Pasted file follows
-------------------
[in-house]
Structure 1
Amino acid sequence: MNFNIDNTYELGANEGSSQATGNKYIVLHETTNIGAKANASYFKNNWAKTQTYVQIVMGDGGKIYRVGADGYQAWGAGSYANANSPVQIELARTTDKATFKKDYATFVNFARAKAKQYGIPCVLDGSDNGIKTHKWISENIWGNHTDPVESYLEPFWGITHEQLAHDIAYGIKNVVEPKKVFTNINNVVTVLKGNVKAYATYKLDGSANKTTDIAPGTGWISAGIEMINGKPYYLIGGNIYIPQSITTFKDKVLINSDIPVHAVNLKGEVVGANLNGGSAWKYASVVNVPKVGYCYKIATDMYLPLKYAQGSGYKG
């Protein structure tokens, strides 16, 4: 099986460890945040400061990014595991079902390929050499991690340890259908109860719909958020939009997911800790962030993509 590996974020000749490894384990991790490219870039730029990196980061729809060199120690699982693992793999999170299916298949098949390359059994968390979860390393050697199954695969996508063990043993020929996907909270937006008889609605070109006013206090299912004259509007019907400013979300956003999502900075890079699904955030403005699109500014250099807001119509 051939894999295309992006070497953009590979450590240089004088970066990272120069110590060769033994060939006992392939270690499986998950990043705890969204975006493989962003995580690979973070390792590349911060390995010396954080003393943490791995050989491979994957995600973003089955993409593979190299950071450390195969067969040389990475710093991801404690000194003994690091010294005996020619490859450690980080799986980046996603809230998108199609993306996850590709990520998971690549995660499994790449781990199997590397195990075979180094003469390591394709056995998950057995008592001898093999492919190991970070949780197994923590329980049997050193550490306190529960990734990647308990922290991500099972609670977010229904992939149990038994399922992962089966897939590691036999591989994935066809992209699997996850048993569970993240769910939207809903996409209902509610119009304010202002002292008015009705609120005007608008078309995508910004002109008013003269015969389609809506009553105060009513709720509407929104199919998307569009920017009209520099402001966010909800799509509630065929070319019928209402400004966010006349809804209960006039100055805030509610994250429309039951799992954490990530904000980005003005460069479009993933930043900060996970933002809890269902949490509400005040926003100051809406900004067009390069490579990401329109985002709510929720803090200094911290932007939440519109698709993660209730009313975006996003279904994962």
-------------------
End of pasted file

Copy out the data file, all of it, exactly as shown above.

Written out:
[in-house]
Structure 1
Amino acid sequence: MNFNIDNTYELGANEGSSQATGNKYIVLHETTNIGAKANASYFKNNWAKTQTYVQIVMGDGGKIYRVGADGYQAWGAGSYANANSPVQIELARTTDKATFKKDYATFVNFARAKAKQYGIPCVLDGSDNGIKTHKWISENIWGNHTDPVESYLEPFWGITHEQLAHDIAYGIKNVVEPKKVFTNINNVVTVLKGNVKAYATYKLDGSANKTTDIAPGTGWISAGIEMINGKPYYLIGGNIYIPQSITTFKDKVLINSDIPVHAVNLKGEVVGANLNGGSAWKYASVVNVPKVGYCYKIATDMYLPLKYAQGSGYKG
């Protein structure tokens, strides 16, 4: 099986460890945040400061990014595991079902390929050499991690340890259908109860719909958020939009997911800790962030993509 590996974020000749490894384990991790490219870039730029990196980061729809060199120690699982693992793999999170299916298949098949390359059994968390979860390393050697199954695969996508063990043993020929996907909270937006008889609605070109006013206090299912004259509007019907400013979300956003999502900075890079699904955030403005699109500014250099807001119509 051939894999295309992006070497953009590979450590240089004088970066990272120069110590060769033994060939006992392939270690499986998950990043705890969204975006493989962003995580690979973070390792590349911060390995010396954080003393943490791995050989491979994957995600973003089955993409593979190299950071450390195969067969040389990475710093991801404690000194003994690091010294005996020619490859450690980080799986980046996603809230998108199609993306996850590709990520998971690549995660499994790449781990199997590397195990075979180094003469390591394709056995998950057995008592001898093999492919190991970070949780197994923590329980049997050193550490306190529960990734990647308990922290991500099972609670977010229904992939149990038994399922992962089966897939590691036999591989994935066809992209699997996850048993569970993240769910939207809903996409209902509610119009304010202002002292008015009705609120005007608008078309995508910004002109008013003269015969389609809506009553105060009513709720509407929104199919998307569009920017009209520099402001966010909800799509509630065929070319019928209402400004966010006349809804209960006039100055805030509610994250429309039951799992954490990530904000980005003005460069479009993933930043900060996970933002809890269902949490509400005040926003100051809406900004067009390069490579990401329109985002709510929720803090200094911290932007939440519109698709993660209730009313975006996003279904994962």